If you like seeing the latest and greatest technology the PC industry has to offer, reviewing is a pretty great job. It’s rare that I feel much in the way of jealousy as far as other people’s computers are concerned. Reviewing hardware isn’t the same as owning it but it does provide a consistently refreshed window into the hardware industry.
Today is different. Today, I’m jealous. Specifically, I’m jealous of TheeRaccoon, a [H]ardOCP forum user who managed to get his hands on an incredibly rare “brick” of Quantum3D 200SBI graphics cards. To understand why anyone would care, let’s take a walk down memory lane. All images in this story, including the feature image on top, are TheeRaccoon’s.
In Which I Am a Self-Admitted Fanboy
They say you never forget your first, and mine was a 3dfx-based Voodoo 2-based Diamond Monster 3D II. I owned a fully functional Voodoo 5 6000 and wrote the only full review of that GPU that I’m aware of. The Internet Archive has samples, though I’d have to do some serious digging to find all the visual assets I used back then.
But while 3dfx was largely known for its consumer-focused business, the company had ties to the professional GPU market as well. Quantum3D was spun off of 3dfx to bring the company’s 3D technology to the arcade and training simulator markets. As part of that effort, Quantum built a GPU family known as the 200SBI series of cards. A Mercury “brick” is a set of four cards, connected together via daughter card.
3dfx is the company that invented SLI, though the technology operated on entirely different principles from the tech powering Nvidia’s dual-GPU solution today. Back then, SLI stood for “Scan Line Interleave.” At the consumer level, it connected up to two GPUs. But at the professional level, there was room for things to scale up considerably. Quantum3D sold its 200SBI GPU family in “bricks” of up to four cards, with two Voodoo 2 GPUs per card. Four Quantum3D 200SBI’s = 8 Voodoo 2 GPUs. Rotated-grid 4x FSAA (Full Screen Anti-Aliasing) with no performance loss? 24MB of RAM (per board, 12MB per GPU)?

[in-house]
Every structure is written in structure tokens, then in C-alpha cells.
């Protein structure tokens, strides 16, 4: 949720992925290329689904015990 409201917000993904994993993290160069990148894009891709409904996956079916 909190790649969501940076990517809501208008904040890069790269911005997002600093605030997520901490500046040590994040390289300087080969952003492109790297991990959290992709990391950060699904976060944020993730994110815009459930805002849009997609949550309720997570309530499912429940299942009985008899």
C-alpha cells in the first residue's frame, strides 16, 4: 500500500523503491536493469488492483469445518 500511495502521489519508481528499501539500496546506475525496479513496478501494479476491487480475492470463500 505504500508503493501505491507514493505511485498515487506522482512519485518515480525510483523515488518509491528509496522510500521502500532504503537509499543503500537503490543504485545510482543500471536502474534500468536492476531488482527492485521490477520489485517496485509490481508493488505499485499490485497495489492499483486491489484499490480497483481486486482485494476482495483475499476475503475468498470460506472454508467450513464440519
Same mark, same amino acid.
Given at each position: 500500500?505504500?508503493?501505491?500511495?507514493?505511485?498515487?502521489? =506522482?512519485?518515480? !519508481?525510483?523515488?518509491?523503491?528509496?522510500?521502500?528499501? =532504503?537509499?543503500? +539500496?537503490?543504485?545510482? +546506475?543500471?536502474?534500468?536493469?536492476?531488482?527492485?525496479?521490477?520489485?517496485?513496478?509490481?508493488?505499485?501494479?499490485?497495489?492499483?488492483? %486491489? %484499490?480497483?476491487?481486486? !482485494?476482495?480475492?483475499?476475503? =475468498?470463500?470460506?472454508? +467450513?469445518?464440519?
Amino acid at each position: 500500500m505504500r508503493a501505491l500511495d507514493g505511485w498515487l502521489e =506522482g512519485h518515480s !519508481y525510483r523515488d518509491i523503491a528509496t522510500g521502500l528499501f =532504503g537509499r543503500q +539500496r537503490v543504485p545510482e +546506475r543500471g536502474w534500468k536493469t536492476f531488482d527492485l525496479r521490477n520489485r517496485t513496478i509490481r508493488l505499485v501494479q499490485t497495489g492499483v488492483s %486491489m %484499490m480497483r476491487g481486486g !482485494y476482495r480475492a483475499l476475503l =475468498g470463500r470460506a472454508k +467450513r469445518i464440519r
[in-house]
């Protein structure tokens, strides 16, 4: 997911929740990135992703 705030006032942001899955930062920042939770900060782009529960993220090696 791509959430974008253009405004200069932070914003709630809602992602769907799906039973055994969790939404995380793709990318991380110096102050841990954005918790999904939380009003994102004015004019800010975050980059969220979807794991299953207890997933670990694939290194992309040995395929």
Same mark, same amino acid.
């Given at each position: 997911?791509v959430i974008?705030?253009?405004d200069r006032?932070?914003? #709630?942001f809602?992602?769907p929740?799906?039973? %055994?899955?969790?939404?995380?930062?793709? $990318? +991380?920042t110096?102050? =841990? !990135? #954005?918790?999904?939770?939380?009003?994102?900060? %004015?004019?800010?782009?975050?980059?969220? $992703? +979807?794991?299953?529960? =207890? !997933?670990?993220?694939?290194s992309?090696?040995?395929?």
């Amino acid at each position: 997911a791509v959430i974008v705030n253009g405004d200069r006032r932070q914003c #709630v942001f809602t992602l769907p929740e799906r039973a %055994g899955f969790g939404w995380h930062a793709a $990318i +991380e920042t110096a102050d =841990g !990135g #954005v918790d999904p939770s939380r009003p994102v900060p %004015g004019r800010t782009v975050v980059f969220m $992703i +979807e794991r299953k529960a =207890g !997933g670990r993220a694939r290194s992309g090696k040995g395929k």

Sign me up. This kind of “quad” brick was practically legendary at the time. There was no way to deploy this kind of GPU configuration in an ordinary Windows system of the day; the Voodoo 2 didn’t support this type of four-way configuration. Even better, he’s gotten all four GPU boards working, with some extensive repairs required. You can see a video of the rig firing up and playing Half-Life below.
If you weren’t gaming in the late 1990s to early 2000s, it’s going to be difficult to explain why seeing eight GPUs old enough to drink lined up to run a game less well than the graphics solution inside your phone is such a thrill. But these GPUs were, at least for a little while, some of the most powerful solutions you could buy. And 96MB of RAM back in the late 1990s would have left my GPU(s) with more collective RAM than the entire machine I was working with. True, data was still duplicated across SLI buffers, but the sheer size and scope of what cards like this could accomplish made them the killer hardware of their day — that is, if anyone in the consumer market had been able to practically buy them. As far as I know, nobody really did.
I wish I still owned that Voodoo 5 6000. But a brick like this is at least that cool, in my fanboy heart of hearts.